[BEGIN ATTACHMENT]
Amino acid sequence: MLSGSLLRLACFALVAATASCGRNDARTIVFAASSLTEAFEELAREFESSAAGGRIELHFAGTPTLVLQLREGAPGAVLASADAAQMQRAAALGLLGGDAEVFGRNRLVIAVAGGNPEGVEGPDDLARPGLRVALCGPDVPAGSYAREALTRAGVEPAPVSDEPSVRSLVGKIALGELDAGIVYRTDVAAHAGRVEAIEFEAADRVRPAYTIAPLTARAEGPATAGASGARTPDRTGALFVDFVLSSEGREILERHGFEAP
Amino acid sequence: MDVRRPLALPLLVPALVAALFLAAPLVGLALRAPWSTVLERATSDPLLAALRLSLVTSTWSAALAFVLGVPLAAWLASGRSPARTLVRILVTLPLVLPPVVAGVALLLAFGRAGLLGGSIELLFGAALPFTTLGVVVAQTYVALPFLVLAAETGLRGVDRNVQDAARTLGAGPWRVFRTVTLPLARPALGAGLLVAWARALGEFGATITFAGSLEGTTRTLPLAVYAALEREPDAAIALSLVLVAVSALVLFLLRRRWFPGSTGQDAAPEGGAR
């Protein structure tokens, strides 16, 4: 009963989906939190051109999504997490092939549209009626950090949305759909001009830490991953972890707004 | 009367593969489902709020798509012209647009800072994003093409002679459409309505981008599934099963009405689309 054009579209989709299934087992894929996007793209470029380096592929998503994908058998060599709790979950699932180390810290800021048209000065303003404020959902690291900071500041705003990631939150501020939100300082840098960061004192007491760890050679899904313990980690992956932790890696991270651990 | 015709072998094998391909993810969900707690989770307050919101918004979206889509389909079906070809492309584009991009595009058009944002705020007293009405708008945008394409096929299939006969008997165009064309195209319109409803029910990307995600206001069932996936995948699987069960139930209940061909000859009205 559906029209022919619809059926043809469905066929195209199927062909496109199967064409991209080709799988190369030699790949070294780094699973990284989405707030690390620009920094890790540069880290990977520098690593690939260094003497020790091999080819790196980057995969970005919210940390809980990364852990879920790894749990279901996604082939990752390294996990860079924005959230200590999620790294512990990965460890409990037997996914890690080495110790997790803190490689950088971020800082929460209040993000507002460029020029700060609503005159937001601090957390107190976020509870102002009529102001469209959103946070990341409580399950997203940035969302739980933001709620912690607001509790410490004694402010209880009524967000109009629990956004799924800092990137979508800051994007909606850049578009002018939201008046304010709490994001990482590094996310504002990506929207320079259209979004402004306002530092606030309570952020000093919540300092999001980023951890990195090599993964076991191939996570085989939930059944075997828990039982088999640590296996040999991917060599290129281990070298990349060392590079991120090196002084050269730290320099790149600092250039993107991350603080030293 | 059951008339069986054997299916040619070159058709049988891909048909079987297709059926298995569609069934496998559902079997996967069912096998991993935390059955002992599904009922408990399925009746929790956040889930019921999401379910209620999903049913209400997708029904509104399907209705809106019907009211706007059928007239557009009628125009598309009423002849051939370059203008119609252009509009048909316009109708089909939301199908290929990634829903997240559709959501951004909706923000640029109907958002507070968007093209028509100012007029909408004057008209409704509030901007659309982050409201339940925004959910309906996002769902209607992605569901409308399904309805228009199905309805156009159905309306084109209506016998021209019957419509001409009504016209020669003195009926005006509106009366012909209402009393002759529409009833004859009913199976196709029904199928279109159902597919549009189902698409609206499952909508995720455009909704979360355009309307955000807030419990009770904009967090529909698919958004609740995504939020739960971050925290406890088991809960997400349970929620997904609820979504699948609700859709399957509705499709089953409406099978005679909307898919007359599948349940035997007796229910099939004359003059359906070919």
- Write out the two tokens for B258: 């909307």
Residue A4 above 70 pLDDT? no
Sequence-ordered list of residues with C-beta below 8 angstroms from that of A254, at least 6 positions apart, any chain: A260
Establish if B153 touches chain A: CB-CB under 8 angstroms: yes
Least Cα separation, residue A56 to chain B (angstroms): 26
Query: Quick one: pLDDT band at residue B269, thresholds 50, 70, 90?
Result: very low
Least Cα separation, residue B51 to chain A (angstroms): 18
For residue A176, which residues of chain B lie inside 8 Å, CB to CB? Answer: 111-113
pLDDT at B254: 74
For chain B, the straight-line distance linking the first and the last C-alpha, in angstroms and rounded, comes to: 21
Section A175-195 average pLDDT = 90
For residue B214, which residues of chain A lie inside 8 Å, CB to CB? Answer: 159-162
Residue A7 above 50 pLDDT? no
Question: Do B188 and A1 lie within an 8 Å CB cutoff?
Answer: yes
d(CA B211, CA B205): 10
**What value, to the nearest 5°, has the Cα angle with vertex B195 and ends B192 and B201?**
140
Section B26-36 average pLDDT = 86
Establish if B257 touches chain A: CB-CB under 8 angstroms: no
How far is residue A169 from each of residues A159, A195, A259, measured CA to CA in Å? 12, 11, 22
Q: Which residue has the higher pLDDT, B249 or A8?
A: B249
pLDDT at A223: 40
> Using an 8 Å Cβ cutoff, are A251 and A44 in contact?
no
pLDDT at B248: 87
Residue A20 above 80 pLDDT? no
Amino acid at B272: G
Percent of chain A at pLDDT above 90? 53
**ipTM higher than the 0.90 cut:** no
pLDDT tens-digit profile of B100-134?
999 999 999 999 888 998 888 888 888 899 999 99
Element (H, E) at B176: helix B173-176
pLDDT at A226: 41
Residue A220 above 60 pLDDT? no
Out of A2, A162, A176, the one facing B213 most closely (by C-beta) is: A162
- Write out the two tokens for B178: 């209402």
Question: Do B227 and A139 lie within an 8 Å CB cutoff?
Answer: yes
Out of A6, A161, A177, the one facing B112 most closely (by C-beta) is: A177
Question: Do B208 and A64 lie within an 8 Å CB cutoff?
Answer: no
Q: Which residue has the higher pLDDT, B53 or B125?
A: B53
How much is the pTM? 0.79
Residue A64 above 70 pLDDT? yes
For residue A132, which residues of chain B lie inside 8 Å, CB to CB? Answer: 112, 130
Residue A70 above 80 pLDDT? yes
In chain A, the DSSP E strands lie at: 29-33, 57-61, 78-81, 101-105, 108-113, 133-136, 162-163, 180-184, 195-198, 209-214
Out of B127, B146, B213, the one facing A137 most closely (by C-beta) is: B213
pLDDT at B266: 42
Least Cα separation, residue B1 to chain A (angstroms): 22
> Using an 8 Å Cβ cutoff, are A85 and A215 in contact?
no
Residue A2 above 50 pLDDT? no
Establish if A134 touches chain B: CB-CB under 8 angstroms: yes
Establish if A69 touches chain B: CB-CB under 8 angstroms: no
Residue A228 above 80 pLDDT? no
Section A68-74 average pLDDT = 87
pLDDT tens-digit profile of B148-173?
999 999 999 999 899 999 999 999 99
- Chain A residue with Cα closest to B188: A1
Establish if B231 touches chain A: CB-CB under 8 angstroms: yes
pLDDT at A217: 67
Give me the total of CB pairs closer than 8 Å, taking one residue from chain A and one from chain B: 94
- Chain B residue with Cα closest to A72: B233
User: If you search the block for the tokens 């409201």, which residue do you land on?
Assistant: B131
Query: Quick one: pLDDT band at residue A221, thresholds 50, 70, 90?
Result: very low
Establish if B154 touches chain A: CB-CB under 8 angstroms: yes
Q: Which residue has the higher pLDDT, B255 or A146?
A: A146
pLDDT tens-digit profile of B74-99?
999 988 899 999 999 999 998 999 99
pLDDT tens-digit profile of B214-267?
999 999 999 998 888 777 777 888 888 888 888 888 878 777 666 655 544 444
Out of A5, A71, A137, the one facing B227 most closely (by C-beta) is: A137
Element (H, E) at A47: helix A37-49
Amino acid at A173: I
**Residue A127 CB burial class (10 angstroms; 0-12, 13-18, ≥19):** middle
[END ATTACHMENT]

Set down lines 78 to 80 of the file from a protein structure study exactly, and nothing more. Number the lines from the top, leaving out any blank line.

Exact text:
A: A146
pLDDT tens-digit profile of B74-99?
999 988 899 999 999 999 998 999 99